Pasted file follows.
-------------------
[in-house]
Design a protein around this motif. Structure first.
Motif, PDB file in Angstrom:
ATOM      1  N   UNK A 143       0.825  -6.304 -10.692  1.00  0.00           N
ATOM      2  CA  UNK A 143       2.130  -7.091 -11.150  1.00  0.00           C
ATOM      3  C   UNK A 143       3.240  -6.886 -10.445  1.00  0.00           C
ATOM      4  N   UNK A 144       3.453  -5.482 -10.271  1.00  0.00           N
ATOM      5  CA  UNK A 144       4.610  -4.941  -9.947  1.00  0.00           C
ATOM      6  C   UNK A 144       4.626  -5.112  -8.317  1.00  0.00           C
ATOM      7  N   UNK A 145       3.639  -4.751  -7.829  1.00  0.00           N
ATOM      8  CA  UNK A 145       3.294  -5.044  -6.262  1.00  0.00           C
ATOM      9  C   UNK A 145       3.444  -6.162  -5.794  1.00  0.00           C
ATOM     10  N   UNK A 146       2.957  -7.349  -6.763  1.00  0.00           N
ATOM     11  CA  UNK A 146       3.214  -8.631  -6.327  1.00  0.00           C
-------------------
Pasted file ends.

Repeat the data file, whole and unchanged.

[in-house]
Design a protein around this motif. Structure first.
Motif, PDB file in Angstrom:
ATOM      1  N   UNK A 143       0.825  -6.304 -10.692  1.00  0.00           N
ATOM      2  CA  UNK A 143       2.130  -7.091 -11.150  1.00  0.00           C
ATOM      3  C   UNK A 143       3.240  -6.886 -10.445  1.00  0.00           C
ATOM      4  N   UNK A 144       3.453  -5.482 -10.271  1.00  0.00           N
ATOM      5  CA  UNK A 144       4.610  -4.941  -9.947  1.00  0.00           C
ATOM      6  C   UNK A 144       4.626  -5.112  -8.317  1.00  0.00           C
ATOM      7  N   UNK A 145       3.639  -4.751  -7.829  1.00  0.00           N
ATOM      8  CA  UNK A 145       3.294  -5.044  -6.262  1.00  0.00           C
ATOM      9  C   UNK A 145       3.444  -6.162  -5.794  1.00  0.00           C
ATOM     10  N   UNK A 146       2.957  -7.349  -6.763  1.00  0.00           N
ATOM     11  CA  UNK A 146       3.214  -8.631  -6.327  1.00  0.00           C